Jules Verne Allen was one of a handful of authentic and documented cowboy singers and writers — along with Carl T. Sprague — who lived the life that his songs dealt with. He also learned those songs before radio and records carried them to the world, when they were still part of an oral tradition. A cowboy from the age of ten, and a participant in cattle drives until the end of the first decade of the new century, Allen began singing as an amateur for the pleasure of his fellow cowboys.
After a stint in law enforcement, including a possible period as a Texas Ranger, and service in the army during World War I, he began working as a professional singer in the 1920s and was appearing on radio in Dallas, San Antonio, and Los Angeles by the end of the decade, sometimes under various pseudonyms, including Longhorn Luke. Allen began cutting music for Victor starting in 1928, and cut a total of a dozen sides for the company that year and the next. He cut what were among the earliest known versions of “The Cowboy’s Dream,” “Home on the Range,” and “Days of Forty-Nine.” His recording of “The Dying Cowboy,” more familiar as “Oh Bury Me Not on the Lone Prairie,” is one of the more notable authentic oral tradition-derived versions of a song dating, in that form, at least since the 1830s.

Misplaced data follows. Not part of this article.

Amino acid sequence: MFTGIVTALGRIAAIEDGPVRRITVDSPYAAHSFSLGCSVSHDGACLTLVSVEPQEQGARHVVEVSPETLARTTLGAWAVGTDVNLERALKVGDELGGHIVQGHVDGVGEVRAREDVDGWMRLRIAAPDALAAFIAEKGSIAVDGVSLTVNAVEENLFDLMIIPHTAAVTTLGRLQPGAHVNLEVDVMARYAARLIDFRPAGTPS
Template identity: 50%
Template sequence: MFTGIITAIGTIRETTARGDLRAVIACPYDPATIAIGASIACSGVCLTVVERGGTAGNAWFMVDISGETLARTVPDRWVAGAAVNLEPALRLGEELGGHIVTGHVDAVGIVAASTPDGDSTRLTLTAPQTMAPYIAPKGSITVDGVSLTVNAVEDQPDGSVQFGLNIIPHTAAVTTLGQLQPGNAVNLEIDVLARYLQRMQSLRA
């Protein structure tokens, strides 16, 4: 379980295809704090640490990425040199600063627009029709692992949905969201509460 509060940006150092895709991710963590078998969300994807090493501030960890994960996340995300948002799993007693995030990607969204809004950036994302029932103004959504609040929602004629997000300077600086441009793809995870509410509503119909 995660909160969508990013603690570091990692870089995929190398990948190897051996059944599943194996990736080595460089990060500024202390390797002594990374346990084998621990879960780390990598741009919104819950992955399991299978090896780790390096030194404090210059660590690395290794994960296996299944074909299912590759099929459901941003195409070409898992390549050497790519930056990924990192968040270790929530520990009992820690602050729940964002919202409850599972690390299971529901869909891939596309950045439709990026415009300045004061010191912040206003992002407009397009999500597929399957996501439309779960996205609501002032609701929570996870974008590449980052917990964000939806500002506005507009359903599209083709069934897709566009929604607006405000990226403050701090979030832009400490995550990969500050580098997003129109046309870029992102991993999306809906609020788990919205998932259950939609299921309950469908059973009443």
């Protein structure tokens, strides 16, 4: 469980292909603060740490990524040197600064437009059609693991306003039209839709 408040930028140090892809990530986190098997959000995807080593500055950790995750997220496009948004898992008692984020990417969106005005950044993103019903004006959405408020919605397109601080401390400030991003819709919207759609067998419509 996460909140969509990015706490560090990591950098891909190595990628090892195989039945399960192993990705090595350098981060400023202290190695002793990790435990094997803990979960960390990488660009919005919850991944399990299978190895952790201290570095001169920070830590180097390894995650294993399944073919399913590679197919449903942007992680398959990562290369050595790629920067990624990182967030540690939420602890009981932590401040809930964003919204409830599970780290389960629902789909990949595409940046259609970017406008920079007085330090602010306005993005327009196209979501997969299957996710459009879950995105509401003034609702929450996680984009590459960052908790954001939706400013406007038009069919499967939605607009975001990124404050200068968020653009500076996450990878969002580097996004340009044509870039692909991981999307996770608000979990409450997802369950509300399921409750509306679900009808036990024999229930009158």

Allen was also a composer and writer in his own right, and published Cowboy Lore, a collection of three dozen songs accompanied by details about cowboy life, in 1933 — it has been reprinted several times, most recently in 1971, some 26 years after his death.
“Long Side The Sante Fe Trail” by Jules Allen
Recorded April 8, 1928, Victor Records